问题描述:

I'm working on c++ and I need to save this struct into a file:

struct myStruct{

int value;

int value2;

MyClass * myClass[10];

};

The way that I'm saving this struct is the following:

myStruct my_struct;

my_struct.value = 1;

my_struct.value2 = 2;

for ( int i = 0; i < 10; i++){

my_struct.myClass[i] = new MyClass();

}

FILE* f = fopen(path.c_str(), "wb");

if ( f != NULL){

fwrite(&my_struct, sizeof(myStruct), 1, f);

fclose(f);

}

But, when I want to read this file, my program crashes when try to access to the array of "MyClass":

FILE* f = fopen(path.c_str(), "rb");

if ( f != NULL){

fread(&my_struct2, sizeof(struct myStruct), 1, f);

fclose(f);

}

for ( int i = 0; i < 10; i ++ ){

if ( my_struct2.myClass[i] != NULL ){

//Here is the crash

}

}

I've been searching but I can't find a solution. I only find topics about arrays of structs. I know that maybe I'm not searching very well.

Thanks.

网友答案:

Your MyStruct contains twenty pointers to other structures.

By fwrite()ing the contents of your MyStruct to a file, you have successfully written twenty raw memory addresses of your other structures into the file, together with the other members of the MyStruct class.

Which, of course, is utterly meaningless when you try to read them back in another process. You've read back twenty raw memory addresses. Which mean nothing to a completely unrelated process. And, accessing those memory addresses, unsurprisingly, leads to a crash since those memory addresses, for all intents and purposes, are completely random values.

What your code needs to do is not write twenty raw pointer addresses to the file, but the contents of those pointers, and what they point to.

网友答案:

I want to add some things to Sam's answer, even if I know this is not code review, you are writing C in C++.

C++ is not meant to be coded in C, it doesn't want to... It fought its entire life to break its bound with its deprecated father, to surpass him, to explore new meanings and way to solve problems and build efficient code. Don't do this to him... (I love C by the way, deprecated was a joke obviously ;) )

Here's how I'd do it:

#include <fstream>
#include <iostream>

class MyClass
{
public:
    MyClass() : _type(-1) {}
    MyClass(int type) : _type(type) {}

    inline const int    &type() const
    { return _type; }

private:
    int _type;
};

// -- overload of operator<< that permits me to write a MyClass* to a stream
std::ostream    &operator<<(std::ostream &stream, MyClass *myClass)
{
    stream << "myClass::type: " << myClass->type();
    return stream;
}

struct MyStruct
{
    int         value;
    int         value2;
    MyClass     *myClasses[10];

    MyStruct()
    {
        value = -1;
        value2 = 1;
        for (std::size_t i = 0 ; i < 10 ; ++i)
        { myClasses[i] = new MyClass(-i); }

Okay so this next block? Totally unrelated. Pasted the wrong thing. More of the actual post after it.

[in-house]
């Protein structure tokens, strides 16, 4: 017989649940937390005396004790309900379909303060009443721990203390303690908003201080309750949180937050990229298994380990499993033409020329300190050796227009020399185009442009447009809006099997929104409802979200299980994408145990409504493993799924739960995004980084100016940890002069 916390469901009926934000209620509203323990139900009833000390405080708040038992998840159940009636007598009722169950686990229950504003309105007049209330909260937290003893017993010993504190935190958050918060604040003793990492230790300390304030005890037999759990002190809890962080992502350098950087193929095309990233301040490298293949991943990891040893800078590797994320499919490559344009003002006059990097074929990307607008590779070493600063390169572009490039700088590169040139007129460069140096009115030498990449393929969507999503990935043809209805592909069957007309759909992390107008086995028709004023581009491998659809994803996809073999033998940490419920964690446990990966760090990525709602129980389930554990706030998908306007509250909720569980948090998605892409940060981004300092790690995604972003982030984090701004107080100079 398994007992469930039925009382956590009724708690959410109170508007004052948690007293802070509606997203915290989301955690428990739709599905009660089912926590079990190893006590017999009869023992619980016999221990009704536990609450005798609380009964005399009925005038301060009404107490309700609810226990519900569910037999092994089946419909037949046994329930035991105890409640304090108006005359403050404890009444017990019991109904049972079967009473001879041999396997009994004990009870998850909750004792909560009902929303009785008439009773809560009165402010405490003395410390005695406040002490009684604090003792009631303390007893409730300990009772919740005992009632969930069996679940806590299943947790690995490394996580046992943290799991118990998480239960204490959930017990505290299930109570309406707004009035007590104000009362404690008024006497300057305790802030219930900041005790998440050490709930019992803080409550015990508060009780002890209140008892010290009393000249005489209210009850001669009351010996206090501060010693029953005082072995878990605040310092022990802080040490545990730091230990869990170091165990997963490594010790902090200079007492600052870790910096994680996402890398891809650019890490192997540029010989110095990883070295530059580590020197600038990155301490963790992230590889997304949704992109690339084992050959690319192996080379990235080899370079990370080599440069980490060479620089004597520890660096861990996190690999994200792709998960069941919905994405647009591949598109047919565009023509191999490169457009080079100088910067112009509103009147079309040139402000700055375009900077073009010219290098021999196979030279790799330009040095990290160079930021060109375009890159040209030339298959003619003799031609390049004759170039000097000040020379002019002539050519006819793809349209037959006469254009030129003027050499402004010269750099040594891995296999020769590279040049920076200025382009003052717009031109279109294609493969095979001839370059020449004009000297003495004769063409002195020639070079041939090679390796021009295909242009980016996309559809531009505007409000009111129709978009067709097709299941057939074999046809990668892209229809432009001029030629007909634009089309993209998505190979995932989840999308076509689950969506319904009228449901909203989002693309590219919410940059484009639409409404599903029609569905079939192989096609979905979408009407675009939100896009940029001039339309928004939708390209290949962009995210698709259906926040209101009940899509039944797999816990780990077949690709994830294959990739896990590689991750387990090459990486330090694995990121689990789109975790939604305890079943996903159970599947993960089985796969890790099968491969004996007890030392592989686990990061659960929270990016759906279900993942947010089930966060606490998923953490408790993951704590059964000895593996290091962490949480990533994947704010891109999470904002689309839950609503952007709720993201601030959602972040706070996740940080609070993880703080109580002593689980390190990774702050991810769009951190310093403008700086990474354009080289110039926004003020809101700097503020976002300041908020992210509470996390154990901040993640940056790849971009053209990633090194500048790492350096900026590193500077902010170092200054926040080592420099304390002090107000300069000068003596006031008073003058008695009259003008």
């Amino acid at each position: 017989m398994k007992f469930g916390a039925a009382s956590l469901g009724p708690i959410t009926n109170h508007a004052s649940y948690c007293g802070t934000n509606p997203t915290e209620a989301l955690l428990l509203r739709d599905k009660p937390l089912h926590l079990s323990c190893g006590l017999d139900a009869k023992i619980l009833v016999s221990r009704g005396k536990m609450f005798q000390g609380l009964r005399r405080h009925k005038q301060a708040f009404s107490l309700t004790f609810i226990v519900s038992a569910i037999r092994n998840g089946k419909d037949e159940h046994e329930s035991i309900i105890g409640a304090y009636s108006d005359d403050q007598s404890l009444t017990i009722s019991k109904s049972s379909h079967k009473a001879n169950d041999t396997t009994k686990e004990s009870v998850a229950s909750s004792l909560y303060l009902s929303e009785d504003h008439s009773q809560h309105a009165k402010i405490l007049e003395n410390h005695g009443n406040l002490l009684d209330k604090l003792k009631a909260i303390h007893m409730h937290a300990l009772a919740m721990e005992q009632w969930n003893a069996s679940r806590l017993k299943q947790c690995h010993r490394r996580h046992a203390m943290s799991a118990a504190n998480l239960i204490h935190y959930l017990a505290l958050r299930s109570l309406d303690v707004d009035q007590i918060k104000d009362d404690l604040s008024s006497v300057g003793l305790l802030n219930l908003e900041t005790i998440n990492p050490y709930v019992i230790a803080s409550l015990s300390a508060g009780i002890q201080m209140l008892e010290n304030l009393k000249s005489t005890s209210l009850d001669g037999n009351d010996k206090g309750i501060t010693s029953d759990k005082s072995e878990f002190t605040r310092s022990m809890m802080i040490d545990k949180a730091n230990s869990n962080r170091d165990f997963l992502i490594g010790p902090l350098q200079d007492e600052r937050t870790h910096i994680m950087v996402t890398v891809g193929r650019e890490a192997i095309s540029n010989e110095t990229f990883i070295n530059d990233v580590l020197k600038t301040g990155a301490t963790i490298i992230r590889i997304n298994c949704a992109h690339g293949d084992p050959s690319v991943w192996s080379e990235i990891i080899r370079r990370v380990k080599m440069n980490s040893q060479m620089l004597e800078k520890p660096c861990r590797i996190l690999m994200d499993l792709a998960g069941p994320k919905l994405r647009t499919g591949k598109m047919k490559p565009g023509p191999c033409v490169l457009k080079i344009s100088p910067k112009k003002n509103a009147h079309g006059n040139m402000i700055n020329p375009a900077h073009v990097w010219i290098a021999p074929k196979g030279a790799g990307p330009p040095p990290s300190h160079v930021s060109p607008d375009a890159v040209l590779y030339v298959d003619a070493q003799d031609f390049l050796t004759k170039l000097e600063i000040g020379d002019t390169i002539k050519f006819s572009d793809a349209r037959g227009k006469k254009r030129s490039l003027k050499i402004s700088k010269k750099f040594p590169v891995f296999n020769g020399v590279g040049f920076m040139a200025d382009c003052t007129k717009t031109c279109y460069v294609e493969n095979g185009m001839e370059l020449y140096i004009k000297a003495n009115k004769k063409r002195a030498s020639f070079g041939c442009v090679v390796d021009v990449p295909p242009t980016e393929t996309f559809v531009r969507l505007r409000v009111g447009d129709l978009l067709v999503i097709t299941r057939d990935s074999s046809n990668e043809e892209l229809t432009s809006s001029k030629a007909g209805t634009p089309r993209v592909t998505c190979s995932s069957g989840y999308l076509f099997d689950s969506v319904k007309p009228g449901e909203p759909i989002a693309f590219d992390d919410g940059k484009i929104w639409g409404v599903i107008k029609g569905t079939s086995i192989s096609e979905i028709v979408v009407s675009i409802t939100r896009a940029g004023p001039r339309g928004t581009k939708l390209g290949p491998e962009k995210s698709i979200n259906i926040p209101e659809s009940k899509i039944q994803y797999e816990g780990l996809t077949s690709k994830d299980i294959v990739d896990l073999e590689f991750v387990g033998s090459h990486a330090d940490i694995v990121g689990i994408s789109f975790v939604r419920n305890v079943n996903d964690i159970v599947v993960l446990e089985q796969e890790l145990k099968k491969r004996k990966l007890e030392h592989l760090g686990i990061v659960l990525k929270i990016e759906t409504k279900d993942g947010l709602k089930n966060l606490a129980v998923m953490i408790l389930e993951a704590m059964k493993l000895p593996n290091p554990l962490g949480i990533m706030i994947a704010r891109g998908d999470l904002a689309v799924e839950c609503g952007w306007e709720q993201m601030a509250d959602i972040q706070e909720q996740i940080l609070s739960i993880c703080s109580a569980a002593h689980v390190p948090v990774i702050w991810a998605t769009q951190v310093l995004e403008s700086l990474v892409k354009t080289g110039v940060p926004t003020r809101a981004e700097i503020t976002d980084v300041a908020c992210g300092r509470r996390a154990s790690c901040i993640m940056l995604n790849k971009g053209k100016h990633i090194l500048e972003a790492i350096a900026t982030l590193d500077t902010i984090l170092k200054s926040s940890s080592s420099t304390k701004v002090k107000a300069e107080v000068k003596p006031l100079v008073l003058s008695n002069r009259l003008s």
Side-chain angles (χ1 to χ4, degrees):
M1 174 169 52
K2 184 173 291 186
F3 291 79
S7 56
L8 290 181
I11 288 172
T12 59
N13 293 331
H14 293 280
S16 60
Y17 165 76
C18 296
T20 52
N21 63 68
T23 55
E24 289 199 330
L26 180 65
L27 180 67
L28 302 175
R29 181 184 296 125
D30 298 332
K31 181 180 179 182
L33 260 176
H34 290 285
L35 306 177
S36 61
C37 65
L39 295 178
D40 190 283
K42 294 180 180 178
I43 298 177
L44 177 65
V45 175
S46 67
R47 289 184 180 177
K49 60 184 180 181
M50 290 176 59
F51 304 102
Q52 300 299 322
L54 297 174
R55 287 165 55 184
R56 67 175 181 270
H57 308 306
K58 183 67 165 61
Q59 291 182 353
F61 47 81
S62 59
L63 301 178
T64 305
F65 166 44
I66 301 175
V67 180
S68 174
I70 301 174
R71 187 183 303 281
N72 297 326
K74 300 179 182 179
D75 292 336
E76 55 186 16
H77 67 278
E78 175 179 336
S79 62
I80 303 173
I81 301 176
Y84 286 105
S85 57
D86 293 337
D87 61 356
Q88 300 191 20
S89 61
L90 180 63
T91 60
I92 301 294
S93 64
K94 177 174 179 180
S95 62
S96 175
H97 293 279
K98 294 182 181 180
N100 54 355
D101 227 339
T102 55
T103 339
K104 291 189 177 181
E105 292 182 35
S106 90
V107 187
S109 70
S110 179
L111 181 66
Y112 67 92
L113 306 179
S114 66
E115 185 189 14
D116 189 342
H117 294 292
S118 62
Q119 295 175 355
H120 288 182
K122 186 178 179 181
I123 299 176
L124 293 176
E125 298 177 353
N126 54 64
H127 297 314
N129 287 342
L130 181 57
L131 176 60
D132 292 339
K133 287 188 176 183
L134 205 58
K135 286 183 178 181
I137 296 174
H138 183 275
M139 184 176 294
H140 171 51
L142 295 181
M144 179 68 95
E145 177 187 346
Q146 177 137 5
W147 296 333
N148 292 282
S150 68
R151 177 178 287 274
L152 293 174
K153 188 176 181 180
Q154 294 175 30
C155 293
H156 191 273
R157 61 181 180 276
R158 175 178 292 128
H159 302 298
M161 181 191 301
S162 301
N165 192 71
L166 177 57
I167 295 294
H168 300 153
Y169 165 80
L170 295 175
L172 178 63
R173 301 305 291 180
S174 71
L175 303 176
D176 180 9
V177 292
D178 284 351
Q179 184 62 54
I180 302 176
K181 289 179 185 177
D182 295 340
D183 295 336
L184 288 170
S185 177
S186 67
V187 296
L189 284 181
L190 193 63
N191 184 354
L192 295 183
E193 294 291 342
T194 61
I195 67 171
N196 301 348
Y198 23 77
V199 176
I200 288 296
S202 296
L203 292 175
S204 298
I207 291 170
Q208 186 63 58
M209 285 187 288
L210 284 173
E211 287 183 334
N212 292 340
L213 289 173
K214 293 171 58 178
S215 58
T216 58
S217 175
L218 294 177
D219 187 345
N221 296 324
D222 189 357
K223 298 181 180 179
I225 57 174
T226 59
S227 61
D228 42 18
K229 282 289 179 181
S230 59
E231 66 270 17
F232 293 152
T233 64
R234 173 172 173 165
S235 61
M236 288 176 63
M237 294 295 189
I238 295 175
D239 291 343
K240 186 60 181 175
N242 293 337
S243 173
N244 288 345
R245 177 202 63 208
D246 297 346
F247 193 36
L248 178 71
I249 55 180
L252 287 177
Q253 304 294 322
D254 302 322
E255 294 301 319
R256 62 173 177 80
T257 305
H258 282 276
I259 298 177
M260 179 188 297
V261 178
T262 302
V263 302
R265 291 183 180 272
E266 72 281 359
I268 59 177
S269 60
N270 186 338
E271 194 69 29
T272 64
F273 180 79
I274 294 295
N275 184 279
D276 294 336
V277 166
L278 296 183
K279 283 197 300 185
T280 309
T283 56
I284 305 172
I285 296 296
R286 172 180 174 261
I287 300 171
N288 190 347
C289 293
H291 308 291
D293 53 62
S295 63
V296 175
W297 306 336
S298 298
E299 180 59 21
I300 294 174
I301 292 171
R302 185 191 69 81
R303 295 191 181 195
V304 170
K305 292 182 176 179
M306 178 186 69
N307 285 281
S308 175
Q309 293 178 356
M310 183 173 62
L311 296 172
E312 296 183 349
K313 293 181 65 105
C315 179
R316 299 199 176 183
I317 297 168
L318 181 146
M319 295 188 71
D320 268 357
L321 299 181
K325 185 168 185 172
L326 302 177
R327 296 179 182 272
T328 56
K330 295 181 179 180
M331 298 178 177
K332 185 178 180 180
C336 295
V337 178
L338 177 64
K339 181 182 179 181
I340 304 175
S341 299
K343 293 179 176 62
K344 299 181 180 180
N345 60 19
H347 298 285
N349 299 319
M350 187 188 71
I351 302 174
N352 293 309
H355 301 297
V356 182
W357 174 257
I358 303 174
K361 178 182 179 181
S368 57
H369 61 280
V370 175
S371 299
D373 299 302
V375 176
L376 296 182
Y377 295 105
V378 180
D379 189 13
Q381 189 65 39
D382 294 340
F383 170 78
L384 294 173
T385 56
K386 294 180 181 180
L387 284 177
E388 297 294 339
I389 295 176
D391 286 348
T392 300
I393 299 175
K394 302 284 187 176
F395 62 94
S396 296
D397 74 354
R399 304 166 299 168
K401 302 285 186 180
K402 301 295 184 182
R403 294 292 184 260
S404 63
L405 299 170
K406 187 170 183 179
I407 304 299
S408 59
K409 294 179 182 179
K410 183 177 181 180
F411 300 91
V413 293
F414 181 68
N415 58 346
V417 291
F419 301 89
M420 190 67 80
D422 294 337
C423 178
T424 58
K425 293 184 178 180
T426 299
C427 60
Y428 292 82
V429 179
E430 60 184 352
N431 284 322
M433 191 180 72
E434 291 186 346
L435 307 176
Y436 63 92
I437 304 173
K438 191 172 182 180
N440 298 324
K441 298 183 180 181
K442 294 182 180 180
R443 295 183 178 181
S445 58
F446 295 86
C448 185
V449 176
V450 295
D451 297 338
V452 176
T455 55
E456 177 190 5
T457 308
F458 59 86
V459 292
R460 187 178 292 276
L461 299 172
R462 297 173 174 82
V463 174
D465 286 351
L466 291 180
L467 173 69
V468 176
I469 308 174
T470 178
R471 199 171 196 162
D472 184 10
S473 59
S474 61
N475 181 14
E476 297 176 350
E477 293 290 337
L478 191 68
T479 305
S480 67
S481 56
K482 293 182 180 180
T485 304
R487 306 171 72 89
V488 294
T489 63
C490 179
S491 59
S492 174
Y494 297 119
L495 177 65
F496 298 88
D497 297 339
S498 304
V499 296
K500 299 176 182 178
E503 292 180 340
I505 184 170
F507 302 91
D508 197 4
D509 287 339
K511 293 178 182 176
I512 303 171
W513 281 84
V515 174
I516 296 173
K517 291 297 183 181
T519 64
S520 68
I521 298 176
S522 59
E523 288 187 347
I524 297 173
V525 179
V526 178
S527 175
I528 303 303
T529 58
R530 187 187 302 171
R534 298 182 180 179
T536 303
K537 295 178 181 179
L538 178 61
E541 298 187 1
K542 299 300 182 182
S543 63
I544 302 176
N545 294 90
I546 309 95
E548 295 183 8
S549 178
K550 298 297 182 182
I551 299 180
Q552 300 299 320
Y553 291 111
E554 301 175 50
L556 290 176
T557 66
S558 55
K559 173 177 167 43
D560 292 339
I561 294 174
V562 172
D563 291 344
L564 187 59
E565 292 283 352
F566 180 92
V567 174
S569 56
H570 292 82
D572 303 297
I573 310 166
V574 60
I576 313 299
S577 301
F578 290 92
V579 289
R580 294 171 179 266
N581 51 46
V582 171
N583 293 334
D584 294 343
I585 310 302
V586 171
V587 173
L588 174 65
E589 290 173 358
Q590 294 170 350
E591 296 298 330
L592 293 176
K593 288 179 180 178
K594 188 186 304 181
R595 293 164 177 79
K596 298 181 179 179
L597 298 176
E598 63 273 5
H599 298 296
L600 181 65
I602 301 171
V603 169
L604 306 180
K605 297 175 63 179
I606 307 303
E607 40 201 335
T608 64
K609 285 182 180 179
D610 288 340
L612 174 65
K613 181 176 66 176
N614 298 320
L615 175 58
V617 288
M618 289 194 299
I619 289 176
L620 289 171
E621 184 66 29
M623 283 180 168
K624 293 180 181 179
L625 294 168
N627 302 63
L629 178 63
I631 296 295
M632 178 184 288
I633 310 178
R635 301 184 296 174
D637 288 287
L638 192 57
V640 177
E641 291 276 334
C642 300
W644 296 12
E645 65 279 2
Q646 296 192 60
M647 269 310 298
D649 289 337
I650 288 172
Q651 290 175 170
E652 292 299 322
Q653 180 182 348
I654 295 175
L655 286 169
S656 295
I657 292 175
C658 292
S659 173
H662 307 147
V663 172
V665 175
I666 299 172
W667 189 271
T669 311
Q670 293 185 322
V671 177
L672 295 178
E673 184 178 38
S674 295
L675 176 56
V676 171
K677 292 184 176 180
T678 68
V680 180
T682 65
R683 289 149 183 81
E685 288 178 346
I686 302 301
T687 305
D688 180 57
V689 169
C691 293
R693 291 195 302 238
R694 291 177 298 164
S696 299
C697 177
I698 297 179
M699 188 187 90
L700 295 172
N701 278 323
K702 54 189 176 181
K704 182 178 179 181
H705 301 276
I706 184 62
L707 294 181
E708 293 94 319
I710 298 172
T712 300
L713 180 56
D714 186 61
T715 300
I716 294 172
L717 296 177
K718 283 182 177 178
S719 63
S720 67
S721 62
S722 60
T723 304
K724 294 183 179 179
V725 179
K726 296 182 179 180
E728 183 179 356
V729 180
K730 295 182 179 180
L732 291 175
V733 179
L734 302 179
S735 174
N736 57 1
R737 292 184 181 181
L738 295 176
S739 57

}
};

// -- overload of operator<< that permits me to write a MyStruct to a stream
std::ostream    &operator<<(std::ostream &stream, const MyStruct &myStruct)
{
    stream << "myStruct::"
            << "\n\t value: " << myStruct.value
            << "\n\t value2: " << myStruct.value2
            << "\n\t myClasses: ";
    for (std::size_t i = 0 ; i < 10 ; ++i)
    { stream << "\n\t\t " << myStruct.myClasses[i]; }
    return stream;
}

int main()
{
    std::ofstream outputFile("output.txt");

    if (outputFile.is_open() == false)
    { std::cerr << "Could not open file." << std::endl; return -1; }

    outputFile << MyStruct() << std::endl; // -- this is where the information is written into the file

    outputFile.close();
}

See simple way to write a struct, you could even get it back into the struct the same way with operator>> overload, bonus is you can use on any ostream, which means it will work with sstream, std::cout and everything!

Still this is not really c++-like as there is too much (unprotected) pointers and unchecked magical number sizes (MyClass *myClasses[10]; this is a no-no for me, because it implies this thing: for (std::size_t i = 0 ; i < 10 ; ++i), and this shit gives me shivers).

I would probably use an std::array here , but I wanted to keep MyStruct as you defined it so the example stay "close" to what you wrote. Another way would have been to use std::unique_ptr or std::shared_ptr.

This can seem as quite a bit of work or intimidating, but you may find that useful in the future. Same goes for using the std containers(array, set, vector, map, etc...), unique_ptr and shared_ptr. But I assure you it's worth giving some time to understand them and learn how to use them. It makes things simpler and safer.

What gave me shivers earlier would be written like this:

std::array<MyClass, 10> myClasses;

Loops would go like this:

for (std::size_t i = 0 ; i < myClasses.size() ; ++i)
{ myClasses[i].type(); }

for (std::array<MyClass, 10>::iterator itC = myClasses.begin() ; itC != myClasses.end() ; ++itC)
{ itC->type(); }

Or even better, a c++11 way to write a loop, that I find easier to read and write:

for (auto myClass : myClasses)
{ myClass.type(); }

Note that if you want to modify myClass inside this one you need to write auto& myClass : myClasses

Hope it helps you.

网友答案:

Using fwrite(&my_struct, sizeof(myStruct), 1, f); is good if your struct my_struct contains purely static data(i.e the data for which memory was allocated at compile time). If it contains dynamic data(i.e the data for which memory is allocated at runtime) then you need to manually store such dynamic data. Overloading operator<< as shown my @vianney is a good method of saving/serializing dynamic data.

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